Turkey will pare back economic stimulus – adviser

Turkey’s government will reduce the amount of loan guarantees it will award to industry as it seeks to intensify its battle with inflation, Bloomberg reported citing Cemil Ertem, senior economic adviser to President Recep Tayyip Erdoğan.

“We are going to act according to state of the economy and the central bank’s inflation targeting,” Ertem said by telephone, according to Bloomberg. “We’re going to look at banks’ risk sentiment and the non-financial sector’s appetite for credit.”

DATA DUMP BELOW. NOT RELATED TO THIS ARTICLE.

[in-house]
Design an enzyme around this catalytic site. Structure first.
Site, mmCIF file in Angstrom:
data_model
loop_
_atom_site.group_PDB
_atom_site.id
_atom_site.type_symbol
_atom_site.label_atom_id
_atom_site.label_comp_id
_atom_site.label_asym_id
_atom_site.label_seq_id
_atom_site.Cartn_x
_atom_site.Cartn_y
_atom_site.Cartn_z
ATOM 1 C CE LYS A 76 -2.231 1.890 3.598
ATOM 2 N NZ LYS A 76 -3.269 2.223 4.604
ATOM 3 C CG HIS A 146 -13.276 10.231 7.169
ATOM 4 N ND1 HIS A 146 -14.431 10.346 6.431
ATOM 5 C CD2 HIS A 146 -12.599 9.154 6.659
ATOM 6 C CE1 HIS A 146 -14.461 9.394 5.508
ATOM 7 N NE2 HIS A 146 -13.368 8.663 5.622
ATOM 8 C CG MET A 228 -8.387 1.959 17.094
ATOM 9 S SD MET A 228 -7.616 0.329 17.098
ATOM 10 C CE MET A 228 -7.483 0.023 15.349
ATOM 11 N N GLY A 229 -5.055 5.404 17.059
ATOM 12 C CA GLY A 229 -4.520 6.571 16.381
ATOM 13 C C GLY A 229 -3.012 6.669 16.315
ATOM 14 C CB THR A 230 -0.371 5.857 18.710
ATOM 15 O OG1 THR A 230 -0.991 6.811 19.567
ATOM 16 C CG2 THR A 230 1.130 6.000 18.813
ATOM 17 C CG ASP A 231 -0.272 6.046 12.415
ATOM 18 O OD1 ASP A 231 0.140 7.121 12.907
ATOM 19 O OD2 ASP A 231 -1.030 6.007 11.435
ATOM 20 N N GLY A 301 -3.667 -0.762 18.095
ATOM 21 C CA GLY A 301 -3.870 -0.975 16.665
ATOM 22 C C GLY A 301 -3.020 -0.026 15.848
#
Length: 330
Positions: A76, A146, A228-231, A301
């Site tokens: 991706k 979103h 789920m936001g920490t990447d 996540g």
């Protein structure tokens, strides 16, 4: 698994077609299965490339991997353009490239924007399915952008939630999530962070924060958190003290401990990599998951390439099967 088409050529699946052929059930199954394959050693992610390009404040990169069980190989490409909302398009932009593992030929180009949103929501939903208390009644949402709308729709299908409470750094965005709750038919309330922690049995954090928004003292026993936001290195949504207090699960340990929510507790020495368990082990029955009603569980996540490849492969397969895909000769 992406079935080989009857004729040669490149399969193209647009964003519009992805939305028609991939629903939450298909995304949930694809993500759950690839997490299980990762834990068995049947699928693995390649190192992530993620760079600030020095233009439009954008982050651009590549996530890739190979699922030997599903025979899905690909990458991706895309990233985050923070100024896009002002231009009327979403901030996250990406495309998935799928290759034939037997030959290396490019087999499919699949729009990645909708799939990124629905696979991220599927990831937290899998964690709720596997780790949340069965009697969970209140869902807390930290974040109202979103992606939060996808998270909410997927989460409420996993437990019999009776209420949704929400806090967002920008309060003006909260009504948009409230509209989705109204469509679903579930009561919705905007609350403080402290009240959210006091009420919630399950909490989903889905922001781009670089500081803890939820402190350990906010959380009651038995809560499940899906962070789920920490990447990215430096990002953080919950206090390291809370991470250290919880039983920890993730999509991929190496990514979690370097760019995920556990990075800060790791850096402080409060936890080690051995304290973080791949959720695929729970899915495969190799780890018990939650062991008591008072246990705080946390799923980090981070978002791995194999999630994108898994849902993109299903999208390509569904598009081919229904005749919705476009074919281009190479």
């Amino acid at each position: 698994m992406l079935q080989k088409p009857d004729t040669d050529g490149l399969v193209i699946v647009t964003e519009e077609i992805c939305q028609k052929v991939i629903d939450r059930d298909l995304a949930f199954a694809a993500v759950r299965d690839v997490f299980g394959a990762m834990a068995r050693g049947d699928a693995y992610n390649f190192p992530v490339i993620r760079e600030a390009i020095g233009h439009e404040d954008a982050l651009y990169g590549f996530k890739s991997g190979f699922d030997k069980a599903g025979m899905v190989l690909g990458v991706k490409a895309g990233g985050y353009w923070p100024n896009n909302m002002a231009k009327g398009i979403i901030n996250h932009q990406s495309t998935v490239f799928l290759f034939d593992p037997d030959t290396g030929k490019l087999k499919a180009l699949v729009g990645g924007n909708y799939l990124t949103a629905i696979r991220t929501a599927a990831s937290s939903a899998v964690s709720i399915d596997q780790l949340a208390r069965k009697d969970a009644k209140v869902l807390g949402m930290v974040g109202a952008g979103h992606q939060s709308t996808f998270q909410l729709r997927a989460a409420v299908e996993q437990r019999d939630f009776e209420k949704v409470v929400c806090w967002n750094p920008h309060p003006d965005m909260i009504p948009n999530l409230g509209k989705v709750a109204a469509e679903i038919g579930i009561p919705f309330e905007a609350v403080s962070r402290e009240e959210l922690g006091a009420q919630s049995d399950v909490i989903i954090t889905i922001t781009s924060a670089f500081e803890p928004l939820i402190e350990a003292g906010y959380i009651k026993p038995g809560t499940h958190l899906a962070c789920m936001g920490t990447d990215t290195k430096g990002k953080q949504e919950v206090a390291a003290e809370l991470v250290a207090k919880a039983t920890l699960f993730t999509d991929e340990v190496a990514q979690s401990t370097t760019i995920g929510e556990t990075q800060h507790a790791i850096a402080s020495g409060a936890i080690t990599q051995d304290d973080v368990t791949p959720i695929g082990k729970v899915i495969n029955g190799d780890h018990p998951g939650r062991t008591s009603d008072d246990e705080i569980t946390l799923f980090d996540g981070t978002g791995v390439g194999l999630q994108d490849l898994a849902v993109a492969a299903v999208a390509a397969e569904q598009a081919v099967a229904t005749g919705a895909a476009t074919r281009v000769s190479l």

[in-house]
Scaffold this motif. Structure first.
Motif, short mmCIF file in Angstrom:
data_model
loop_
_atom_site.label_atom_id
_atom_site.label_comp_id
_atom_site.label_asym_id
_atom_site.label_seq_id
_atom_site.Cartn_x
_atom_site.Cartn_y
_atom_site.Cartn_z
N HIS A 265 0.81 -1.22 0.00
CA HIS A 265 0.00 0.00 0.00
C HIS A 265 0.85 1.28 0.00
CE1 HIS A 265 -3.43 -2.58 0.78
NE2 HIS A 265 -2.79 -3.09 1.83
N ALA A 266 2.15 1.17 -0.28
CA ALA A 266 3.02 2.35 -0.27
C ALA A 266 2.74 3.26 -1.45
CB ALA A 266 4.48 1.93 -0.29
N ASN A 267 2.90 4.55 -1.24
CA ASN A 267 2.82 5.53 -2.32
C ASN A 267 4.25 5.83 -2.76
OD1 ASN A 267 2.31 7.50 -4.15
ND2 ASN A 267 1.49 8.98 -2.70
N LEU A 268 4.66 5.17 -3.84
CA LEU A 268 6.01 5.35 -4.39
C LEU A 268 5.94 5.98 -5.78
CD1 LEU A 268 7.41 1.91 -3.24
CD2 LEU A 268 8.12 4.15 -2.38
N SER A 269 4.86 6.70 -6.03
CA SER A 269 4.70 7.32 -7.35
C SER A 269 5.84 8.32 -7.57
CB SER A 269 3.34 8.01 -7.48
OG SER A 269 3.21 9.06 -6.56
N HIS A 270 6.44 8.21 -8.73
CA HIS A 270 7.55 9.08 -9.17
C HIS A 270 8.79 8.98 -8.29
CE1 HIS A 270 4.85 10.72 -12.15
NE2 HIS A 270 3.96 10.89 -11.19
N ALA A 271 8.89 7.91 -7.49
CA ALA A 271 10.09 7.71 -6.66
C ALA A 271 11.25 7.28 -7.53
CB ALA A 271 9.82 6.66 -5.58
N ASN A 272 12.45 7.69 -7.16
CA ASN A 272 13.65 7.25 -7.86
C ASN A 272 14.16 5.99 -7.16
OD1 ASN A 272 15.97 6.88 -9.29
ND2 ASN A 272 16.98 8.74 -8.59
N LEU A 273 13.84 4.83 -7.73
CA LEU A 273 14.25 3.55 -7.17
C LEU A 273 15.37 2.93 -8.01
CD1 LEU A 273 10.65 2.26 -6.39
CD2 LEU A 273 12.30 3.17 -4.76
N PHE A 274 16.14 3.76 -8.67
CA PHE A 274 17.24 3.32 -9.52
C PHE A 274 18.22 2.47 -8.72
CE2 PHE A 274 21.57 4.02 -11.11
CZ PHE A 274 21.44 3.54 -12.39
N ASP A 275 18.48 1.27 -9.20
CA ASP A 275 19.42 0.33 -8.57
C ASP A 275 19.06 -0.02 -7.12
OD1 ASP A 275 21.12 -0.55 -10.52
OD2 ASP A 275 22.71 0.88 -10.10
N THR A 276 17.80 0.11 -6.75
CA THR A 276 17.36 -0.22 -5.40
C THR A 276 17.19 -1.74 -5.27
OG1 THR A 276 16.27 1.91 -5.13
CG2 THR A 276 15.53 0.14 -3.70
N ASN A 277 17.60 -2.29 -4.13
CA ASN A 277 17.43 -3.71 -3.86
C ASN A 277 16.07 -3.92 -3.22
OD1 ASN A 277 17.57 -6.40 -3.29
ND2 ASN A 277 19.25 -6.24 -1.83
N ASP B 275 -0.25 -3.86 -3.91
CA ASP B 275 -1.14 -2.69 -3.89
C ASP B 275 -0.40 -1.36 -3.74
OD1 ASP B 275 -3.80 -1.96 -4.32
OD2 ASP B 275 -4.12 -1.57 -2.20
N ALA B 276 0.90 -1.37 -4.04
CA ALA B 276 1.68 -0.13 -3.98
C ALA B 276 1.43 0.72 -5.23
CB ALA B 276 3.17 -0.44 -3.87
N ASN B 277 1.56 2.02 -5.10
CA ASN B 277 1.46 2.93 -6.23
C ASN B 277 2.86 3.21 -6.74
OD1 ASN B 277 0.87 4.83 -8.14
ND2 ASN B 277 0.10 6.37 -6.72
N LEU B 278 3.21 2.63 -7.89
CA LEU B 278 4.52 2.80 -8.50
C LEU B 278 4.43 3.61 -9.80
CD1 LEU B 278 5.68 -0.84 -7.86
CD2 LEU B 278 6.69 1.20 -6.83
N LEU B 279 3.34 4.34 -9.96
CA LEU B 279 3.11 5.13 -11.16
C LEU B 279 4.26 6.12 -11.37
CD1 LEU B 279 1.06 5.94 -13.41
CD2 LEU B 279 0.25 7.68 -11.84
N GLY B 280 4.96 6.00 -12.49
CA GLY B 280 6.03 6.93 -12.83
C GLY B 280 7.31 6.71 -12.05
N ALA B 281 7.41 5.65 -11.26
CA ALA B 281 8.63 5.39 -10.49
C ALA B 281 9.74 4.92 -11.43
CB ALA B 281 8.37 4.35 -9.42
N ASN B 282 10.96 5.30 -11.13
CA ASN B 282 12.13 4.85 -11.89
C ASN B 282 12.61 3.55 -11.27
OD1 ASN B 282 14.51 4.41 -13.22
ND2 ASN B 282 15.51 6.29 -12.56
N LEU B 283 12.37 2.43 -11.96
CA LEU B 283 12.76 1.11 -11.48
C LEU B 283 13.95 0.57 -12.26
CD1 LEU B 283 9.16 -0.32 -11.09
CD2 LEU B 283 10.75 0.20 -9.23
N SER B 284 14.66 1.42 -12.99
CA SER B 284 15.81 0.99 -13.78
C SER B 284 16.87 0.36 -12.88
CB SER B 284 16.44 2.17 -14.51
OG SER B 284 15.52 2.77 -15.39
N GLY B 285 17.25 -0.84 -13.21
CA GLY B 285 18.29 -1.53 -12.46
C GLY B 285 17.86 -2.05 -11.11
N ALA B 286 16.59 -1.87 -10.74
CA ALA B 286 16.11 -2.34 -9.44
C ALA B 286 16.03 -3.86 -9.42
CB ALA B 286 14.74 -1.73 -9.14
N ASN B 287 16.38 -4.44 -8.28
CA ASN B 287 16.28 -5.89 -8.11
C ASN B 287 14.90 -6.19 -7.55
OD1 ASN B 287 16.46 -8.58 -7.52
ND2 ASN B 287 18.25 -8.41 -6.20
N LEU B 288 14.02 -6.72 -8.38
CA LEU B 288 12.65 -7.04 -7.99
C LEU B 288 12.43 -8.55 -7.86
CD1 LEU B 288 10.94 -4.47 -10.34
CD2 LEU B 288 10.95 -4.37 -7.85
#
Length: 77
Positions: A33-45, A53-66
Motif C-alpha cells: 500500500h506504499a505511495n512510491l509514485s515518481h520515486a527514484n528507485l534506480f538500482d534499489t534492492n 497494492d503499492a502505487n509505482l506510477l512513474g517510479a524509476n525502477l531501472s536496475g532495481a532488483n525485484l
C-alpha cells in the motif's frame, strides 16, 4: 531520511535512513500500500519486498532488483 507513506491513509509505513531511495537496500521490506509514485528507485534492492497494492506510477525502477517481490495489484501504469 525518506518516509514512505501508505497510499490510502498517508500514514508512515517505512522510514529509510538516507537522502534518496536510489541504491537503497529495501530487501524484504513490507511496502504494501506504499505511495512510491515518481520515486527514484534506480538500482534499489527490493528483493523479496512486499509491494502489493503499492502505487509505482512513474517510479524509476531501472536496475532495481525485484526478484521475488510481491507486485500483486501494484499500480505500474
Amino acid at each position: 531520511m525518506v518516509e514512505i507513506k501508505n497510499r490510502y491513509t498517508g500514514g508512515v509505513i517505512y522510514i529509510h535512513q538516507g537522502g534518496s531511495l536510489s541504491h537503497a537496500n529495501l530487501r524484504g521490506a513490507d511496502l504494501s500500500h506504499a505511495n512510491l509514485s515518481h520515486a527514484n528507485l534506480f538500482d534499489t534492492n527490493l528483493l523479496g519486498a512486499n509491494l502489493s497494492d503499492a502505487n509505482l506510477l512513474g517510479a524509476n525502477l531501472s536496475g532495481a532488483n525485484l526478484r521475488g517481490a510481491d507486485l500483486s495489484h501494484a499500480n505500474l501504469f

The government provided over 200 billion lira ($52 billion) in the guarantees, which act as security for larger amounts of lending by banks, during 2017. The stimulus helped boost annual economic growth to an estimated 7 percent.

Ertem said about 30 billion lira of the guarantees had been repaid and banks would be allowed to relend 5 billion lira. The disbursal of the remaining 25 billion lira will depend on economic developments, he said.

Prime Minister Binali Yıldırm had said in November that repaid loans would be redisbursed to companies in full.

Some economists have warned that Turkish growth rates are unsustainable and that the economy may face a hard landing should global sentiment toward emerging markets reverse.


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